The Carlsberg of dedicated nav devices. Probably the best you can buy.
Fab new interface
Great new graphics
Life-time maps and data
Speed cameras are subsription based
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Launching a whole new range of sat navs is a risky business for TomTom. After all, as market leader there's only way to go. The temptation must be leave well alone.
But our early experience with the brave new redesign in the form of the TomTom Go 6000 revealed something of a triumph. Can the TomTom Go 5000 possibly be as good?
Let's hope so. Because the Go 6000 revealed a honed and toned TomTom with an interface optimised to make it easier and quicker to do the things that really mattered. It's navigation condensed down to the core essentials and all the better for it.
The new interface just looks better, too, and with capacitive rather than resistive touch control the whole shebang is simply more responsive. Promising stuff all round.
Like the Go 6000, the Go 5000 sits atop its respective range. However, in this case we're talking five-inch form factor to the Go 6000's six-inch. It's an immediately important distinction and not one that automatically makes the Go 5000 inferior.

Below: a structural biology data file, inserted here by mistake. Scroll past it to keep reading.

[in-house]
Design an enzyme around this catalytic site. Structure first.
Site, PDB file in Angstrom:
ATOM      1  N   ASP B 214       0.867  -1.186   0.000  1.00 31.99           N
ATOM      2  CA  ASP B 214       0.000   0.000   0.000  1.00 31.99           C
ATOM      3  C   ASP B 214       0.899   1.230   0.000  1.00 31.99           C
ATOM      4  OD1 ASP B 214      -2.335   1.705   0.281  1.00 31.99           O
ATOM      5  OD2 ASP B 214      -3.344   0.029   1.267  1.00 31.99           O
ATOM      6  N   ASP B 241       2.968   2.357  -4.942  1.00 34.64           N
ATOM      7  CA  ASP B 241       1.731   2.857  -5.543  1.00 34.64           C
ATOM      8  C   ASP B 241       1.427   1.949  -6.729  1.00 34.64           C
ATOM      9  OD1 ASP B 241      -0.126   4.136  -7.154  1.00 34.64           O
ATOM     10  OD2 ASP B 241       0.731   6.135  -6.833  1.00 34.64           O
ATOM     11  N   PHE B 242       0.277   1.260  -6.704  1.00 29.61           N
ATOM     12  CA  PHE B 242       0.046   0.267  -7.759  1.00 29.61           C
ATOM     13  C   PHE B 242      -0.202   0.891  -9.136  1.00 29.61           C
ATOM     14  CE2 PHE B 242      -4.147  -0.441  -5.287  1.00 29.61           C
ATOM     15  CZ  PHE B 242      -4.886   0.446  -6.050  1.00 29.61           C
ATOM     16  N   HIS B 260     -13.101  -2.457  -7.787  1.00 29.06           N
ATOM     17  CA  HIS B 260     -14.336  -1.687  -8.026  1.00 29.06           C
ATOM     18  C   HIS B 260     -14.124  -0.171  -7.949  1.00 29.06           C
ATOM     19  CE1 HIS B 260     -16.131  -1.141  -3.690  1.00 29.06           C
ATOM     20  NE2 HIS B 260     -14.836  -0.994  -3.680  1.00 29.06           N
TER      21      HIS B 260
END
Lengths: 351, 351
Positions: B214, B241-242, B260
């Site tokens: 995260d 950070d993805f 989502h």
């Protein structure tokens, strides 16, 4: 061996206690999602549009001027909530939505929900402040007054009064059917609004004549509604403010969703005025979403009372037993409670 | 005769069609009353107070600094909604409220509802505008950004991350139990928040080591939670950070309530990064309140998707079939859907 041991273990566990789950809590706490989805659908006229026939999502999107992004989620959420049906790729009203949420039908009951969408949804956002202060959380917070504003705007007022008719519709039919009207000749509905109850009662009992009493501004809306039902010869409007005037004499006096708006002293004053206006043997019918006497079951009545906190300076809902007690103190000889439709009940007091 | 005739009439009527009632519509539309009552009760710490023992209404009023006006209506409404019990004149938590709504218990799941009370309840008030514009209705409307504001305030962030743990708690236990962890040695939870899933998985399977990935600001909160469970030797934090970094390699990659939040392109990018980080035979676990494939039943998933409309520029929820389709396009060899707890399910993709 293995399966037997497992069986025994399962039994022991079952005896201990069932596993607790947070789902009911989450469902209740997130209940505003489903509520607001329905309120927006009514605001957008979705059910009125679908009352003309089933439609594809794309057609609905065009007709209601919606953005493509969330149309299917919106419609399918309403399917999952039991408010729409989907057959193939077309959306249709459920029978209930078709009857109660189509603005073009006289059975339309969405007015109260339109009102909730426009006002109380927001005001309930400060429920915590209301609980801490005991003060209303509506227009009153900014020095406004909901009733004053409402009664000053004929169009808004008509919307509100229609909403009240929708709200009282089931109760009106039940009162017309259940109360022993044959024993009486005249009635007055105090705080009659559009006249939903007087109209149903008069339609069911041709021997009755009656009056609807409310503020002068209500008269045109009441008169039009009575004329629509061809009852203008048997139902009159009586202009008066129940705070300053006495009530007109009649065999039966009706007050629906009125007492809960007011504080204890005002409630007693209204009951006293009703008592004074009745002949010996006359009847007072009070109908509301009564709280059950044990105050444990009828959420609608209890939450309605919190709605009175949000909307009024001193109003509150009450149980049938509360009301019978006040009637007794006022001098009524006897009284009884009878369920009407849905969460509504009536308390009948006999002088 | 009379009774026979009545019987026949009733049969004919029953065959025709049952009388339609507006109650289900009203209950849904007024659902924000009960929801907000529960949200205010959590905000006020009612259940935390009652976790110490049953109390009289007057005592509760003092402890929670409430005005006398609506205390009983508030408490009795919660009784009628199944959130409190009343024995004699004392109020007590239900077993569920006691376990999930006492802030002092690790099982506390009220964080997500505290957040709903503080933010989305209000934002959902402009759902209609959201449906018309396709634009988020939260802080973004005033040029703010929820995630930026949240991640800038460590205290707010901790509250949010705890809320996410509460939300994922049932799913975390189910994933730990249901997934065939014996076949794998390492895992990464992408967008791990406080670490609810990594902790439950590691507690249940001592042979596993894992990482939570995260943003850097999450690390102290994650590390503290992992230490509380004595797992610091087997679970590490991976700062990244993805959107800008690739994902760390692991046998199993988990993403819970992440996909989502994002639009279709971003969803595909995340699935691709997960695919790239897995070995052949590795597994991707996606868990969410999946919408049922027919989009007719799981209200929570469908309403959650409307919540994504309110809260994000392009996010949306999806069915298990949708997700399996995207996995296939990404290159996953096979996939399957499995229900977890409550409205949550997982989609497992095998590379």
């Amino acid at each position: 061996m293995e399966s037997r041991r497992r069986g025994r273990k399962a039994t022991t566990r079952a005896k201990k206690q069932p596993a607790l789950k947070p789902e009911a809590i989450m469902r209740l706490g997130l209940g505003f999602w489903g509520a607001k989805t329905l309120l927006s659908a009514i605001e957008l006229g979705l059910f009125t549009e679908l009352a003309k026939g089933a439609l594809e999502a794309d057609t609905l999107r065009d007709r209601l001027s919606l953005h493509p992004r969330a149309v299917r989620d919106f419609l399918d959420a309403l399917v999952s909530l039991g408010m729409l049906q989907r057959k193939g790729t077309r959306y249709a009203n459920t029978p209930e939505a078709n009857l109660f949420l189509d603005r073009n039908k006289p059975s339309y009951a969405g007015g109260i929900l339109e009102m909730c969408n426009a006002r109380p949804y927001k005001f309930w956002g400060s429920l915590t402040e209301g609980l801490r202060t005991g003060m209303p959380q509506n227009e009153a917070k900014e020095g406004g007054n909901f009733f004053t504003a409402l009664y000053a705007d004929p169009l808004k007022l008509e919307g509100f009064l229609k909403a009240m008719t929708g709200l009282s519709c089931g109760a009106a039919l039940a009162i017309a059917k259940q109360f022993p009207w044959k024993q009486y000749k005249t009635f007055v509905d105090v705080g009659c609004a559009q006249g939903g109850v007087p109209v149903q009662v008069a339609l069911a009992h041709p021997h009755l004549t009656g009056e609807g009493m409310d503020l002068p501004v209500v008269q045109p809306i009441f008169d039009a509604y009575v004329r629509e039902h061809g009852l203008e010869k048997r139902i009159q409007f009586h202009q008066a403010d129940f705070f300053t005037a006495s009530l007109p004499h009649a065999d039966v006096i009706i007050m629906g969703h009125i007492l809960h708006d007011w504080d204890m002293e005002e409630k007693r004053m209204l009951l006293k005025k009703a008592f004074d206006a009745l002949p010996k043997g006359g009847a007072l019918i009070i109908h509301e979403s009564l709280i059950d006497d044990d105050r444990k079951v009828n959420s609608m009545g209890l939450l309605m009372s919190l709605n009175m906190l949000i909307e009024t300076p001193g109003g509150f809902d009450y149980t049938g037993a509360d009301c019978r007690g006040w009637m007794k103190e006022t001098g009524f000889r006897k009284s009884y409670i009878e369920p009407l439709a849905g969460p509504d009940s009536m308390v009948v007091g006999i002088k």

That's because bigger isn't necessarily better when it comes to satnavs. For some, six inches might actually be too big, too bulky a device to have permanently stuck to their windscreen.
By most other metrics, the this five-inch Go 5000 and the larger Go 6000 are largely comparable. Both sport TomTom's new interface and almost exactly the same feature set.
There are a few detail differences. The most significant is again screen related. The TomTom Go 5000's screen sports just 480 by 272 pixels. No exactly HD, then. As we'll see, this isn't quite the death sentence for good graphics you might think. But we'd still prefer to see a few more pixels.
That said, at least the screen has capacitive touch. There was a time when some companies argued that resistive touch, which requires a more deliberate prod, better suited in-car systems.
Thank science, however, reason has prevailed and capacitive has taken over. It's so much more accurate and responsive.